U.S. Representative Andrea Salinas (Sixth District) successfully passed her first piece of legislation in early November.
The bill, introduced by Salinas in March, amends the Grand Ronde Reservation Act to restore the Confederated Tribes of Grand Ronde’s right to pursue land claims and compensation. The legislation is co-led by U.S. Senator Jeff Merkley and cosponsored by fellow Oregon U.S. Representatives Suzanne Bonamici (D-First District), Earl Blumenauer (D-Third District), Val Hoyle (D-Fourth District), and Lori Chavez- DeRemer (R-Fifth District). It now heads to the Senate for further consideration.
“Oregon’s Indigenous peoples, including the Confederated Tribes of the Grand Ronde, have faced countless injustices at the hands of our government. Today, we took a historic step toward righting the wrongs of the past,” said Rep. Salinas.
“I am very proud that my first bill to pass the House of Representatives would restore Grand Ronde’s ability to pursue land claims and compensation—a right already enjoyed by the rest of Oregon’s federally recognized tribes. I am hopeful that the Senate will swiftly pass this bill and send it to President Biden for his signature.”
Salinas and Merkley’s bill to fix the Grand Ronde Reservation Act would correct a drafting error in a 1994 legislative amendment to the Grand Ronde Reservation Act which authorized a land exchange requiring the Bureau of Land Management (BLM) to compensate the Grand Ronde Tribe for an 84-acre survey error by the federal government. The survey error occurred around 1871 and was not discovered by the Bureau of Land Management until 1988. In 1994, in pursuing federal legislation to rectify the error, an amendment was made to the bill at the time that further prohibited the Tribe from making any additional land claims if new errors were ever discovered.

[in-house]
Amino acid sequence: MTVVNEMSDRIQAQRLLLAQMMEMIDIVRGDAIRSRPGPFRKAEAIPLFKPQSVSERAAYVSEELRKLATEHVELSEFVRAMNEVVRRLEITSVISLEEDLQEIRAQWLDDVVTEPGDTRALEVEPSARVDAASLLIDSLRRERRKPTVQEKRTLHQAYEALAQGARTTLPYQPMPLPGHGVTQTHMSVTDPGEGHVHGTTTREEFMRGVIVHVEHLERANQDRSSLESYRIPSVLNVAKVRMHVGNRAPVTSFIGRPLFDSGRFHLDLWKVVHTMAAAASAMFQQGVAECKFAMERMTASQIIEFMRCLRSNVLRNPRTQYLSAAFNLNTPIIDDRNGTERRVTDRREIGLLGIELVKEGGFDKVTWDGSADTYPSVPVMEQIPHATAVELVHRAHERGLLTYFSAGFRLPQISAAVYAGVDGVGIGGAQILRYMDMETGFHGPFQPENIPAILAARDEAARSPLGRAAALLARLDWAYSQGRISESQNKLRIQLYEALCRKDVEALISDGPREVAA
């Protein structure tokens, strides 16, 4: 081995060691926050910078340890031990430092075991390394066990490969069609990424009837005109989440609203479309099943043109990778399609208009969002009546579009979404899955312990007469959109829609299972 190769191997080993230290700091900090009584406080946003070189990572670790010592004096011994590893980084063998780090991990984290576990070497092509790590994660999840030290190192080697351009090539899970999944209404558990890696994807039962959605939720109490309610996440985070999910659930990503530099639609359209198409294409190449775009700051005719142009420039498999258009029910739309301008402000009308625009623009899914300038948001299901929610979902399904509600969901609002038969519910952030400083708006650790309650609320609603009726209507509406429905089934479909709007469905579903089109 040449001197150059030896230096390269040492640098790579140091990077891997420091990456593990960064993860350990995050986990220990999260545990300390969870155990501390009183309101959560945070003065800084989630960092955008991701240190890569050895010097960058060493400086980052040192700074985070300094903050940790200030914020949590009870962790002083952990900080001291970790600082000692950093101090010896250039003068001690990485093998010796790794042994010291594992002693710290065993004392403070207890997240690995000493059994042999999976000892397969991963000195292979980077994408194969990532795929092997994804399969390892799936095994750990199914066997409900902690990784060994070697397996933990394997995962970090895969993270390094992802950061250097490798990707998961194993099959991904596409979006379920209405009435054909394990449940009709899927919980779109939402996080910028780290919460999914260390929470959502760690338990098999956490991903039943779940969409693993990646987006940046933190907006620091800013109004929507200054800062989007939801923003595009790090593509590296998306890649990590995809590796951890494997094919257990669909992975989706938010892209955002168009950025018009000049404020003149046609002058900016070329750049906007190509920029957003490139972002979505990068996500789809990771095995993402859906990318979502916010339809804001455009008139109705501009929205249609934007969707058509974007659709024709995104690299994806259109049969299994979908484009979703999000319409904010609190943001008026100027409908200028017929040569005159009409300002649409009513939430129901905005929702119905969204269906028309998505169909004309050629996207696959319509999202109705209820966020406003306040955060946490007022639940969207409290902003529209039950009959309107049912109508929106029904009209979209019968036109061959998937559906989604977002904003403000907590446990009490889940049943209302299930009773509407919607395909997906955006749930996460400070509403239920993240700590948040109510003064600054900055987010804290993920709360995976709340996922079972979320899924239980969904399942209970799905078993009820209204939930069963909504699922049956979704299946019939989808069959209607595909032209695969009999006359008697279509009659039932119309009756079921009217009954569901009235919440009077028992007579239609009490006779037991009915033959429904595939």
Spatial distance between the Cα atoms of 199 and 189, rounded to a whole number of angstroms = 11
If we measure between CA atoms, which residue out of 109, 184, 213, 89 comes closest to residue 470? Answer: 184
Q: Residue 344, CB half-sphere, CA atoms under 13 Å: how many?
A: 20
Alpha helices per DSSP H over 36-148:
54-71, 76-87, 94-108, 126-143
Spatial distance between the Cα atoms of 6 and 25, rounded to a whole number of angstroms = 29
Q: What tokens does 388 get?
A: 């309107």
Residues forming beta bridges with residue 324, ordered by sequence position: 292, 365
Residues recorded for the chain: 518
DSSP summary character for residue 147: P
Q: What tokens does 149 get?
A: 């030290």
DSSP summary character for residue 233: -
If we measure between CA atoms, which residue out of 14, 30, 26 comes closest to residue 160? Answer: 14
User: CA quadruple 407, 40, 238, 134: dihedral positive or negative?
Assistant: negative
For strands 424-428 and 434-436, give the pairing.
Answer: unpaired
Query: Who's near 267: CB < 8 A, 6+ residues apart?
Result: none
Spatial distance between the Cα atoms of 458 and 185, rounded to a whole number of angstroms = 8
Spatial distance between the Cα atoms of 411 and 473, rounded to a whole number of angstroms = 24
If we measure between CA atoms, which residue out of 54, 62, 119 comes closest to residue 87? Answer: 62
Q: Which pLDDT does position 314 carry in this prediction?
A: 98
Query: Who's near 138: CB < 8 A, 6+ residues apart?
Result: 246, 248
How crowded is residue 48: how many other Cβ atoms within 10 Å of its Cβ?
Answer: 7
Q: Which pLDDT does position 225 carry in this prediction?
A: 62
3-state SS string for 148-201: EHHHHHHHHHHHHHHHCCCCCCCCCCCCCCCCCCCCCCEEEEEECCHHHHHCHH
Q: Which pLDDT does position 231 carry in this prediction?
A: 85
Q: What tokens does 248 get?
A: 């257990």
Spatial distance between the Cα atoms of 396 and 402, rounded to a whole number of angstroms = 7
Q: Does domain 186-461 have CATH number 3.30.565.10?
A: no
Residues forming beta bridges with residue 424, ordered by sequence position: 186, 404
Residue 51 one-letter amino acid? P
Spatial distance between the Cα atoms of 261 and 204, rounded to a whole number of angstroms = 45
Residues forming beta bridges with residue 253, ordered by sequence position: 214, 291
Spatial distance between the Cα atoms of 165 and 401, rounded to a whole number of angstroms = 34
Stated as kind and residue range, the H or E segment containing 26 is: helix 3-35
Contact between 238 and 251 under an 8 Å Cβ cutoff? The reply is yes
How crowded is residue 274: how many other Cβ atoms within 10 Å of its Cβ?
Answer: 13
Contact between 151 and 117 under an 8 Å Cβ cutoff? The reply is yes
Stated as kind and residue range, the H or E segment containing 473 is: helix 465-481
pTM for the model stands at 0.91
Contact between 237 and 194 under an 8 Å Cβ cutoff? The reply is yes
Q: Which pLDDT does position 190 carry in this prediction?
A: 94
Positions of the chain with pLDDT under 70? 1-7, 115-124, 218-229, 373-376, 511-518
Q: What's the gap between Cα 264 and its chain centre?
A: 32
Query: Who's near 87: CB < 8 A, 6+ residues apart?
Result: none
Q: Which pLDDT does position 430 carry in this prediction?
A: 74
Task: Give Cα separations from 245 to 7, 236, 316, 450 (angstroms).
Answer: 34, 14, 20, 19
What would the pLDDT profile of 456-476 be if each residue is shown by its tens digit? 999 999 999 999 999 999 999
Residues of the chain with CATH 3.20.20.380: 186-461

Salinas and Merkley’s bill will end this inequitable restriction on the Tribe so that they may pursue recourse if additional survey errors are found. Currently, no other tribe in the State of Oregon is bound by this type of legal restriction and removing it will restore equity to the Grand Ronde Tribe.
In case additional survey errors are discovered, this bill to amend the Grand Ronde Reservation Act would replace the phrase “lands within the State of Oregon” with the phrase “the 84 acres known as the Thompson Strip,” clarifying that they are only prohibited from making additional land claims to the area known as the Thompson Strip.